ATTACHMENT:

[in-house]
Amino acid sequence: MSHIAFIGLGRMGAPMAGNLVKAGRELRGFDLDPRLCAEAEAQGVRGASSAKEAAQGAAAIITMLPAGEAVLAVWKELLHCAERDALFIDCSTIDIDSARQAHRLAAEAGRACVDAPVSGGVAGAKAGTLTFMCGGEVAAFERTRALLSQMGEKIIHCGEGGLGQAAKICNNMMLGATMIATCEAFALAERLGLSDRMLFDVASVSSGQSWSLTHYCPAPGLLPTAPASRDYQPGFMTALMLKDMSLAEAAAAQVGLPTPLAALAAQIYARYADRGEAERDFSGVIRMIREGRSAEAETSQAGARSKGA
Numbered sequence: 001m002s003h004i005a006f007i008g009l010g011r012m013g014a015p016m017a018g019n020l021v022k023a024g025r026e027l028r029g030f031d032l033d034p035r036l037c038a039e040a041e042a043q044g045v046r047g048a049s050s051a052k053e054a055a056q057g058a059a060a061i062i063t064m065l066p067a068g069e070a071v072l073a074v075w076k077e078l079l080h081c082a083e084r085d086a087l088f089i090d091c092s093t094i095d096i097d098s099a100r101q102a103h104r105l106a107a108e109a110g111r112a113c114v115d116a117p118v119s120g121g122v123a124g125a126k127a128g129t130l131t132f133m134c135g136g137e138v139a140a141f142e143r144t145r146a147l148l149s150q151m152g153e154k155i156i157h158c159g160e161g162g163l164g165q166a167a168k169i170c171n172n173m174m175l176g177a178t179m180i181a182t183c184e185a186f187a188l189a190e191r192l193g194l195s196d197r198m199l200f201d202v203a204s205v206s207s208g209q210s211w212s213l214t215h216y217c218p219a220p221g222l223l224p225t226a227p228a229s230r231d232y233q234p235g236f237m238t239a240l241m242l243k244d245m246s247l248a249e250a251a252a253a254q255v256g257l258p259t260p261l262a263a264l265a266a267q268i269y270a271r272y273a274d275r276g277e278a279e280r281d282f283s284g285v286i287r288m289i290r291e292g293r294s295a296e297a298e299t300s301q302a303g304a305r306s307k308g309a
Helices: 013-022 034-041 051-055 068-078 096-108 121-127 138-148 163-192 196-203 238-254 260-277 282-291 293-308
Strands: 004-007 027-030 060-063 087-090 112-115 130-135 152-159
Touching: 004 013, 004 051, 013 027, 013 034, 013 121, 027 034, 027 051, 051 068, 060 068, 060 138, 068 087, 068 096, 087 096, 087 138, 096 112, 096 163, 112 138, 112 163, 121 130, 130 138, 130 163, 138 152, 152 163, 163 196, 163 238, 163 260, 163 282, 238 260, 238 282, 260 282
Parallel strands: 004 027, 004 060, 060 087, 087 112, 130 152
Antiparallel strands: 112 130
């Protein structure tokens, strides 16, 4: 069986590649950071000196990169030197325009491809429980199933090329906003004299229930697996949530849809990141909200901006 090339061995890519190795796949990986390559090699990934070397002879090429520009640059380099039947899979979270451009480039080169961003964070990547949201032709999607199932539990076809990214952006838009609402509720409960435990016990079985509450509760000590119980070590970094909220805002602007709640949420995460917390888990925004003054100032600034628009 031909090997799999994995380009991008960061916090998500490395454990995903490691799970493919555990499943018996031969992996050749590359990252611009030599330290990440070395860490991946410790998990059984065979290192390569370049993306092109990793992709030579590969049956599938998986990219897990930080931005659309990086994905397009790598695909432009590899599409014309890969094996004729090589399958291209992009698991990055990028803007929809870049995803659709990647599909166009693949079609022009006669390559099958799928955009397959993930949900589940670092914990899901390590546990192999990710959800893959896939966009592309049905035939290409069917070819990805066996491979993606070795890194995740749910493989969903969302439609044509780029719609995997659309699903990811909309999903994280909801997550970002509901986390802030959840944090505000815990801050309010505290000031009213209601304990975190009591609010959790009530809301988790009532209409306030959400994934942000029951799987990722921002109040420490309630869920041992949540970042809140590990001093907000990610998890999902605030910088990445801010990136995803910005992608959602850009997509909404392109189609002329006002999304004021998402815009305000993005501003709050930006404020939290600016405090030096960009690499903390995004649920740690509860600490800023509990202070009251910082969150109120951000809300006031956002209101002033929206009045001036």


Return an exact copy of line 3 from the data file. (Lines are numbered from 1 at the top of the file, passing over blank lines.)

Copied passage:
Numbered sequence: 001m002s003h004i005a006f007i008g009l010g011r012m013g014a015p016m017a018g019n020l021v022k023a024g025r026e027l028r029g030f031d032l033d034p035r036l037c038a039e040a041e042a043q044g045v046r047g048a049s050s051a052k053e054a055a056q057g058a059a060a061i062i063t064m065l066p067a068g069e070a071v072l073a074v075w076k077e078l079l080h081c082a083e084r085d086a087l088f089i090d091c092s093t094i095d096i097d098s099a100r101q102a103h104r105l106a107a108e109a110g111r112a113c114v115d116a117p118v119s120g121g122v123a124g125a126k127a128g129t130l131t132f133m134c135g136g137e138v139a140a141f142e143r144t145r146a147l148l149s150q151m152g153e154k155i156i157h158c159g160e161g162g163l164g165q166a167a168k169i170c171n172n173m174m175l176g177a178t179m180i181a182t183c184e185a186f187a188l189a190e191r192l193g194l195s196d197r198m199l200f201d202v203a204s205v206s207s208g209q210s211w212s213l214t215h216y217c218p219a220p221g222l223l224p225t226a227p228a229s230r231d232y233q234p235g236f237m238t239a240l241m242l243k244d245m246s247l248a249e250a251a252a253a254q255v256g257l258p259t260p261l262a263a264l265a266a267q268i269y270a271r272y273a274d275r276g277e278a279e280r281d282f283s284g285v286i287r288m289i290r291e292g293r294s295a296e297a298e299t300s301q302a303g304a305r306s307k308g309a